Thursday, 26 September 2013


The Doctor and the Master in disguise
And then there was ‘Time-Flight’. Yes. Look, being a Time Lord I am lucky enough to understand the plot – and no, it doesn’t make it any better. The Zeraphin combined all their power together and became one incredibly powerful entity. Inside this entity is good and bad. They were individuals at one point, they wished to be so again, but the Master came along and as individuals were made he destroyed them (or should I say shrunk them with the TCE). He then battles for the power which the Zeraphin hold as a huge collective entity inside a sarcophagus. The good and bad side of the Zeraphin fight each other, and the bad wins agreeing to side with the Master (this is at about the end of episode three).
However, the Master tries to rematerialise his TARDIS at Heathrow and the Doctor blocks him with his TARDIS and boots him off to Zaraphax, the home world of the Zeraphin where they will deal with him. He’s stuck there because of something the Doctor has done to the part of the TARDIS he gave him.
CSO on the tarmac.
Does it all make sense in the end? I don’t know. Peter Grimwade decided to have a crack at writing and Saward probably wishes he didn’t. It is seriously convoluted and there are some bizarre elements to the script such as the Master disguising himself. The disguised Master seems to die a horrible death only to rise again back to normal. Why he decided such a bizarre form I have no idea.

Then his main plan to get to the Zeraphin. Import a whole lot of people by opening a time tunnel to 1983 to smash through the wall of the room that housed the sarcophagus. They’ve been there for a day or two at least and haven’t made the slightest impact but the Doctor asks them and suddenly they break through in minutes. That turn of events isn’t as stupid as the scenes of a host of passengers from the first Concorde bashing on the wall in the back ground continuously.
The Master reveals himself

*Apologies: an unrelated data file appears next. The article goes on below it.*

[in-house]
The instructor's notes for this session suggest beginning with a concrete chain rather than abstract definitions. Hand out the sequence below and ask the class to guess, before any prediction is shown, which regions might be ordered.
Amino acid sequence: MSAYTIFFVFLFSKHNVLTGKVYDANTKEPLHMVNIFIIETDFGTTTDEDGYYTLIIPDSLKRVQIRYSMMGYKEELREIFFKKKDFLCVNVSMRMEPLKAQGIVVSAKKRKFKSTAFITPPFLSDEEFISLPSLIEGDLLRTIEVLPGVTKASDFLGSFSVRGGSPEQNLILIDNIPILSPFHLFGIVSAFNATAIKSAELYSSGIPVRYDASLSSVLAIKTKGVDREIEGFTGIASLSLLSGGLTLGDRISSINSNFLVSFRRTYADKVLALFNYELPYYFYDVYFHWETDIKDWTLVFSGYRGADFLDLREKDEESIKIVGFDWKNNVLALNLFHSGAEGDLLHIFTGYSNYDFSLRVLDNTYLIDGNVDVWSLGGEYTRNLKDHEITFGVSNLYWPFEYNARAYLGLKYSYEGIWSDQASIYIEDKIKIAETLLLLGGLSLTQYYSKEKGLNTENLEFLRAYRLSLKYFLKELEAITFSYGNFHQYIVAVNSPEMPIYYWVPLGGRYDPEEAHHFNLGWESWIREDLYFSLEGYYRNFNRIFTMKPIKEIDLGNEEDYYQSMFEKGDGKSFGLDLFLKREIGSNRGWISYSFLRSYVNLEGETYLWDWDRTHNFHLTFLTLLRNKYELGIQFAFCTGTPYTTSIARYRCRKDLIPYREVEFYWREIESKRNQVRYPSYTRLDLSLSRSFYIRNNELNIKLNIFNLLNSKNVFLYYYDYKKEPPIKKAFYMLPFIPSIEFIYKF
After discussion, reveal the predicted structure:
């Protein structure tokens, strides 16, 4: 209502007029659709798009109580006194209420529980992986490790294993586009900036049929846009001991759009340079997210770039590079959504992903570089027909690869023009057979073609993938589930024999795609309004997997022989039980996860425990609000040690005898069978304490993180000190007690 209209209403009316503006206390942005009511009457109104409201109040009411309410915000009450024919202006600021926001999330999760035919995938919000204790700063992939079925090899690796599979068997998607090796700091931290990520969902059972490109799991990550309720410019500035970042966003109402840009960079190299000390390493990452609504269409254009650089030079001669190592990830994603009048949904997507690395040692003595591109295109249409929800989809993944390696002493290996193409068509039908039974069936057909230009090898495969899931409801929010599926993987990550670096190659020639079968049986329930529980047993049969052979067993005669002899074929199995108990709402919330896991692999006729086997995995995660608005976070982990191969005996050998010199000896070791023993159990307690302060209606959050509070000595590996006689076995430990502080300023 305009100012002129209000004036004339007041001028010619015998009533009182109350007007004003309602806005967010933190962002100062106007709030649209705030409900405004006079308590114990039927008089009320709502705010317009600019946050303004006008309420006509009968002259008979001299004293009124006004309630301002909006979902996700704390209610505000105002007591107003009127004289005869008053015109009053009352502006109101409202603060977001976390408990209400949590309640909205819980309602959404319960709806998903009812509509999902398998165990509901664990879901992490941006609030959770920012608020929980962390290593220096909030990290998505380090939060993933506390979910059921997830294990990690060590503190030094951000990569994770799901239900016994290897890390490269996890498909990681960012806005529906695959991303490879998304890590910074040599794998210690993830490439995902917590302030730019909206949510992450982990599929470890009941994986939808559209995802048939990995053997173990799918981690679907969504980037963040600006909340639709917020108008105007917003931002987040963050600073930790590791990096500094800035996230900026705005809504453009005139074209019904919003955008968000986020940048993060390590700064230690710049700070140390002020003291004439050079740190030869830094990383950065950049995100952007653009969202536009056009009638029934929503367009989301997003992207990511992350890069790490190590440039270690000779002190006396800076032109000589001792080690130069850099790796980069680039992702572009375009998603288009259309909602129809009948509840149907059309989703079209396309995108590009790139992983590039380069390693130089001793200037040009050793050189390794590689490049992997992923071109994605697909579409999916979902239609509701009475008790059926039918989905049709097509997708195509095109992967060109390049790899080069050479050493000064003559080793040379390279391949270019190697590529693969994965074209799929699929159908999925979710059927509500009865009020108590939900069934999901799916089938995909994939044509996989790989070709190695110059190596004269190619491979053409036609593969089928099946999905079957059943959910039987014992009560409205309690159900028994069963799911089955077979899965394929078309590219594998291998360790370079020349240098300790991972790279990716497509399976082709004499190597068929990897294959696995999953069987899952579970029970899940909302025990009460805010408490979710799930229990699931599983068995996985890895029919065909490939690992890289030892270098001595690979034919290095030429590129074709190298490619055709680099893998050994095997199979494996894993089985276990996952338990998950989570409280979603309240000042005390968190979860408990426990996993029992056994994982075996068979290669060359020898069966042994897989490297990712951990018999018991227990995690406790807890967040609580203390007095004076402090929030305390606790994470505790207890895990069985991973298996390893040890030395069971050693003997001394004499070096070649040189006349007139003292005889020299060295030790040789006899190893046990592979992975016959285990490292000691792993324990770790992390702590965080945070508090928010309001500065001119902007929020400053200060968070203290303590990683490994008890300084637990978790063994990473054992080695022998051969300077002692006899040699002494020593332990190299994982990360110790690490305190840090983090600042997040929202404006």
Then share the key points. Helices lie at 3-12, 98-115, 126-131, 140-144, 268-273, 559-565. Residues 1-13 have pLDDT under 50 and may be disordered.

One of the better effects shots of the story.
Look, episode one is ok, because none of the complexities of the plot are entered into really. Episodes 2-4 are just some of the weakest Doctor Who ever produced. Or directed. The sets appear to be 10 metres across and very matte, very cheap. Concorde is represented by one solitary wheel. This is the classical of everything that doesn’t work in Doctor Who being rolled into one story. It’s a dead-set shocker. It’s almost impossible to follow, dull and slow, appears to have been directed on the fly by Ron Jones, it is full of one-dimensional characters (at least most of the actors seem to enjoy it I guess even if the characters they had to play are rubbish) and I haven’t even started on the Plasmatons. They appear to be magic rocks with legs. LEGS. One of the most pathetic things to appear in the series. They rival the Fourmasi and are worse than the giant Prawn in ‘The Invisible Enemy’.
Nice that they were able to use Concorde. Not so nice that the Doctor and Nyssa without a second thought left Earth and Tegan behind. Bad scripting there because on JNT’s idea to split them up and reunite them at the start of the next season. And really, we didn’t need another Master story so soon after ‘Castrovalva’.
So yeah


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